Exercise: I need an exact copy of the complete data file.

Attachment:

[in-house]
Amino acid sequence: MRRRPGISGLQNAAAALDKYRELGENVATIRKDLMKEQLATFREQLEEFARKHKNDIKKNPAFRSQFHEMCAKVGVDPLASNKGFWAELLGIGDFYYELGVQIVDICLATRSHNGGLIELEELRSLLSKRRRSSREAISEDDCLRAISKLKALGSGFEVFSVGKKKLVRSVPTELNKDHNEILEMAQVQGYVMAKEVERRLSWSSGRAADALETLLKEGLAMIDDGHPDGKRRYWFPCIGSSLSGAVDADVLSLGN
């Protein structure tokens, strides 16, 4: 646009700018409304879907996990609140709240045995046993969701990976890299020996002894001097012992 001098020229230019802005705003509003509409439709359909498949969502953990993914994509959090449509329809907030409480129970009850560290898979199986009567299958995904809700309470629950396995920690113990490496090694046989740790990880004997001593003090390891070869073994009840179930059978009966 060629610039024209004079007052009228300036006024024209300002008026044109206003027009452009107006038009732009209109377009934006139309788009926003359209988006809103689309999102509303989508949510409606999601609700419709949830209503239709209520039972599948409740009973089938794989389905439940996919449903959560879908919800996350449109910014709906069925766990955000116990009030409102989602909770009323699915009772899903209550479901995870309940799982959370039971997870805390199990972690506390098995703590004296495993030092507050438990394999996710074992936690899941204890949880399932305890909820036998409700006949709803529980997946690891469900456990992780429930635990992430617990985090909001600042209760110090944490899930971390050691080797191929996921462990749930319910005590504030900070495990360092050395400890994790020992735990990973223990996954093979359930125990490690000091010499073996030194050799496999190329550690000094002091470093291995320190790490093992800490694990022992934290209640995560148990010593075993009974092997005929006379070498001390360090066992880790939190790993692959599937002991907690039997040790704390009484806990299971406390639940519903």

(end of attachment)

[in-house]
Amino acid sequence: MRRRPGISGLQNAAAALDKYRELGENVATIRKDLMKEQLATFREQLEEFARKHKNDIKKNPAFRSQFHEMCAKVGVDPLASNKGFWAELLGIGDFYYELGVQIVDICLATRSHNGGLIELEELRSLLSKRRRSSREAISEDDCLRAISKLKALGSGFEVFSVGKKKLVRSVPTELNKDHNEILEMAQVQGYVMAKEVERRLSWSSGRAADALETLLKEGLAMIDDGHPDGKRRYWFPCIGSSLSGAVDADVLSLGN
């Protein structure tokens, strides 16, 4: 646009700018409304879907996990609140709240045995046993969701990976890299020996002894001097012992 001098020229230019802005705003509003509409439709359909498949969502953990993914994509959090449509329809907030409480129970009850560290898979199986009567299958995904809700309470629950396995920690113990490496090694046989740790990880004997001593003090390891070869073994009840179930059978009966 060629610039024209004079007052009228300036006024024209300002008026044109206003027009452009107006038009732009209109377009934006139309788009926003359209988006809103689309999102509303989508949510409606999601609700419709949830209503239709209520039972599948409740009973089938794989389905439940996919449903959560879908919800996350449109910014709906069925766990955000116990009030409102989602909770009323699915009772899903209550479901995870309940799982959370039971997870805390199990972690506390098995703590004296495993030092507050438990394999996710074992936690899941204890949880399932305890909820036998409700006949709803529980997946690891469900456990992780429930635990992430617990985090909001600042209760110090944490899930971390050691080797191929996921462990749930319910005590504030900070495990360092050395400890994790020992735990990973223990996954093979359930125990490690000091010499073996030194050799496999190329550690000094002091470093291995320190790490093992800490694990022992934290209640995560148990010593075993009974092997005929006379070498001390360090066992880790939190790993692959599937002991907690039997040790704390009484806990299971406390639940519903």